In response to this, the police and the military are both changing their functions. Police officers are carrying assault rifles and wearing body armor and helmets. They are relying more on SWAT tactics for things like drug busts. Meanwhile the conventional armies are trying to perform both military and constabulary functions in urban environments. If things keep moving in this direction, the military and the police will become indistinguishable except in name and jurisdiction. The Third World and the Middle East are the testing grounds for this experiment.
Another practice that erases the old boundaries between law enforcement and military is the employment of private security companies as both constabularies and mercenary forces. The second-biggest armed contingent on the ground in Iraq right now is the mercenaries. The British have eleven thousand troops on the ground; we have twenty thousand “civilian contractors.” The technicality that makes them “not mercenaries” is that they are corporate in structure and contracted through the Department of Defense, so we pay them, but they have no congressional oversight. Maybe that’s one reason Rumsfeld likes them. They are not accountable. They also don’t show up on official casualty tallies. Their missions are spelled out in corporate contracts, but how they get the job done is not well monitored. The law governing their actions is the UN charter, and it is beyond vague. I think the Department of Defense wants to use more contractors, but it will only exacerbate the biggest problem that the U.S. military has now: its fundamental inability to acknowledge the political context of this war.
With the rise of globalization, all armed conflicts are going to become more ambiguous in character, neither criminal nor political, but somewhere in between. As the system devolves further, if we don’t have a vital and active Left prepared to seize the reins and effect a state-managed transformation of our society, there is a good chance we’ll fall back into a feudal state, or a form of urban warlordism that would have some modern-day feudal characteristics.
I believe that the methods that were employed in Abu Ghraib were probably sanctioned from the very top. It’s difficult for me to imagine otherwise. Of course, now that we’ve gotten caught, the people at the bottom are expected to sacrifice themselves to protect the king.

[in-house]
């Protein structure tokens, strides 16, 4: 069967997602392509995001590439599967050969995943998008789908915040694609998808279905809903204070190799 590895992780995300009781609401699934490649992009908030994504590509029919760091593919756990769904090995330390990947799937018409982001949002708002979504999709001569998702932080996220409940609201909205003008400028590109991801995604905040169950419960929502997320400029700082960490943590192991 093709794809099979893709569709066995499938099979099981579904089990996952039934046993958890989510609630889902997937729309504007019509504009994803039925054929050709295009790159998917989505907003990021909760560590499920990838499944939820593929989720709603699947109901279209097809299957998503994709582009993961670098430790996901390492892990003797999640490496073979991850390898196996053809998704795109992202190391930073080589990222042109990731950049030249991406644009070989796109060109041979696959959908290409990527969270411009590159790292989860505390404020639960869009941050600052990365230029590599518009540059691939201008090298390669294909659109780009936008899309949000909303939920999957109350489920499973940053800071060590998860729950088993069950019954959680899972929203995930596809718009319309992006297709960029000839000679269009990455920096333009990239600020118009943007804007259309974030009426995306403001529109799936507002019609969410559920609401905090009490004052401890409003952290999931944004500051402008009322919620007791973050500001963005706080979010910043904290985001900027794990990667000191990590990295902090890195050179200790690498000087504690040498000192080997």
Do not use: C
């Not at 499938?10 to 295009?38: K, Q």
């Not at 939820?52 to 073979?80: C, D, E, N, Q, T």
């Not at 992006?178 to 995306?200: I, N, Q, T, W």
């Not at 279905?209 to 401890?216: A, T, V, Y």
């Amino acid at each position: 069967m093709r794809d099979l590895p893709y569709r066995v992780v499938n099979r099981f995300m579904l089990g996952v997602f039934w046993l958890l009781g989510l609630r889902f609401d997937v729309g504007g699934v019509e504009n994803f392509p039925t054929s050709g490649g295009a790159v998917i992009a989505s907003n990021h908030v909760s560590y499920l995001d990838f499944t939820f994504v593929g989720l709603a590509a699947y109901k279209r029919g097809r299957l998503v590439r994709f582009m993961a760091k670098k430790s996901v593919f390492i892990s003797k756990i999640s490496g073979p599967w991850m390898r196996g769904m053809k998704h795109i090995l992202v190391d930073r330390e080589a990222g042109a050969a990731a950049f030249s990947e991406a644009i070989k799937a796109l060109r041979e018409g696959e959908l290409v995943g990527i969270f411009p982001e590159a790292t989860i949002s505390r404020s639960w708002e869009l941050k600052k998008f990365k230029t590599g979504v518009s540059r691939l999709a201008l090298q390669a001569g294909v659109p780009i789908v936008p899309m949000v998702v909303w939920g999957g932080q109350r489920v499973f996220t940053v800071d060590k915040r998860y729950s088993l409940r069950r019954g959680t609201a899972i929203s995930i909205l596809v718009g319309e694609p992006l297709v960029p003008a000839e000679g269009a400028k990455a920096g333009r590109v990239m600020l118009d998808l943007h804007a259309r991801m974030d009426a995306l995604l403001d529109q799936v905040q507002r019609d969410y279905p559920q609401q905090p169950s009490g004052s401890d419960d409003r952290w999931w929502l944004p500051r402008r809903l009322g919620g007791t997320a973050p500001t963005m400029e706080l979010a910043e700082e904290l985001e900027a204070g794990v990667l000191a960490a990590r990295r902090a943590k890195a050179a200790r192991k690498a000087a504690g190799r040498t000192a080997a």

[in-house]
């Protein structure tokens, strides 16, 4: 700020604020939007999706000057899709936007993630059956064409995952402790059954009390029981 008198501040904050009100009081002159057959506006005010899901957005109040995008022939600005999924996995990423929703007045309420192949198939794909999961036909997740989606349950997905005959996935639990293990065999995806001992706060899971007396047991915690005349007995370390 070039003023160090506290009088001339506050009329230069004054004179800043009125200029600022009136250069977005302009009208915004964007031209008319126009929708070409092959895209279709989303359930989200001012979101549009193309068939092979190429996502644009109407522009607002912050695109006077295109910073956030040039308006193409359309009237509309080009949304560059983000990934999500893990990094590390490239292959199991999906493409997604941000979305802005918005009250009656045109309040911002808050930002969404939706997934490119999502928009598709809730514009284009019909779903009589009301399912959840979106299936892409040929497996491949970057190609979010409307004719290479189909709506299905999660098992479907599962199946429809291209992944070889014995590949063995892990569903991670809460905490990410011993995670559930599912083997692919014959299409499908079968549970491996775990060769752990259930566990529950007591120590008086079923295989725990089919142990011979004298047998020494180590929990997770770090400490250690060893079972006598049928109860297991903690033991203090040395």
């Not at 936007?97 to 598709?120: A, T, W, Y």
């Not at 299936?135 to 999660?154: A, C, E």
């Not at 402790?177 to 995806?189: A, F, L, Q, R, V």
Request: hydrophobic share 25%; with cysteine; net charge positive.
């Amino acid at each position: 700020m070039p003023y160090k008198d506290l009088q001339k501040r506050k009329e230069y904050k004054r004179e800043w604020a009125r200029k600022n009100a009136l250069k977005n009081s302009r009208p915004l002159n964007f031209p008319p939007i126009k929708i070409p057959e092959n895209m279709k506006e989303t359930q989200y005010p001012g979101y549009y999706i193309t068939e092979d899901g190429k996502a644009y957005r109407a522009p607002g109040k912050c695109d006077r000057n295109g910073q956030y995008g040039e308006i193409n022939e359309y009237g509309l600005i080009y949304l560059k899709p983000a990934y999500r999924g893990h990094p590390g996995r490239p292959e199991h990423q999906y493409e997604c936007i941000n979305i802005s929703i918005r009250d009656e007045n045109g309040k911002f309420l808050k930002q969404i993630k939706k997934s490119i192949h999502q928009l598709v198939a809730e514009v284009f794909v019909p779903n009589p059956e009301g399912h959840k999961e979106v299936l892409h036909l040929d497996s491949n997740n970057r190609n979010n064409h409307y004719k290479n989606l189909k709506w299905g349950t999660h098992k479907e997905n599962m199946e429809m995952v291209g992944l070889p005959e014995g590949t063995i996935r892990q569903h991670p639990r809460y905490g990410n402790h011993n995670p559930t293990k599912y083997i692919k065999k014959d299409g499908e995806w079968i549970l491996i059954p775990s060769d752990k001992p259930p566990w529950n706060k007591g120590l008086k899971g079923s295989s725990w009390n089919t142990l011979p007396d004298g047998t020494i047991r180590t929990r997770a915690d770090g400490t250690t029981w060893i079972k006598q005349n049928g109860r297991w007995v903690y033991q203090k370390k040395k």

Elliott: In Full Spectrum Disorder you connect the war in Iraq to the war against the working class at home. Do you think domestic class struggle is behind the decision to go to war?
Goff: I don’t think class struggle is ever the determining factor in a decision to go to war, but I think it’s always one factor. Wars are helpful to the U.S. ruling class because they focus attention on external enemies and distract from the systematic war being waged against the workers. The problem in the U.S. is that working-class people don’t admit that they are working-class. They call themselves middle-class. They don’t understand that they are being robbed. The last three decades have seen the biggest transfer of wealth in U.S. history from the so-called middle class to the rich.
Elliott: How does wealth get transferred?
Goff: You can look at state government here in North Carolina for an example. Except for education, transportation is the biggest expenditure in the state budget. We have nineteen people on the Board of Transportation, and all of them are appointed by the governor. They take the taxpayers’ money, in the form of the state transportation budget, and roll it into pork-barrel road projects all over the state. Does the money go to public transportation? No. It’s spent on roads because of the asphalt lobby. The Department of Transportation board members all gave money to the governor’s last political campaign. That’s just one example of how the rich take money away from the working class on the state and local level.
The real vulnerability is that working-class people think of themselves as middle-class. Historically, when the middle class is thrown into political crisis, it does not embrace revolutionary politics; it embraces reactionary politics. Twentieth-century crises in Spain, Italy, and Germany led to the rise of fascism in all three of those countries. Fascism is a middle-class phenomenon. It requires the scapegoating of minority populations. A powerful preexisting racism, like we have in our culture, pushes people in that direction.
Elliott: Do you think the U.S. is in danger of becoming a fascist society?
Goff: It’s worrisome. If we do see something like that in this country, I don’t think it will look like Italian fascism, or Spanish fascism, or German fascism. It will be our own special form. The people who are closest to that kind of consciousness right now are right-wing Evangelicals, who make up a huge percentage of the Republican Party base. There is a powerful undercurrent of white supremacy in their worldview. It’s easy to make fun of them, but we need to be wary. Even though these right-wing Christian Zionists can appear ridiculous sometimes, they are politically well organized and very powerful. It’s a big mistake to underestimate them, especially if you are an oppressed minority, or queer, or if you’re female; they are incredibly misogynistic.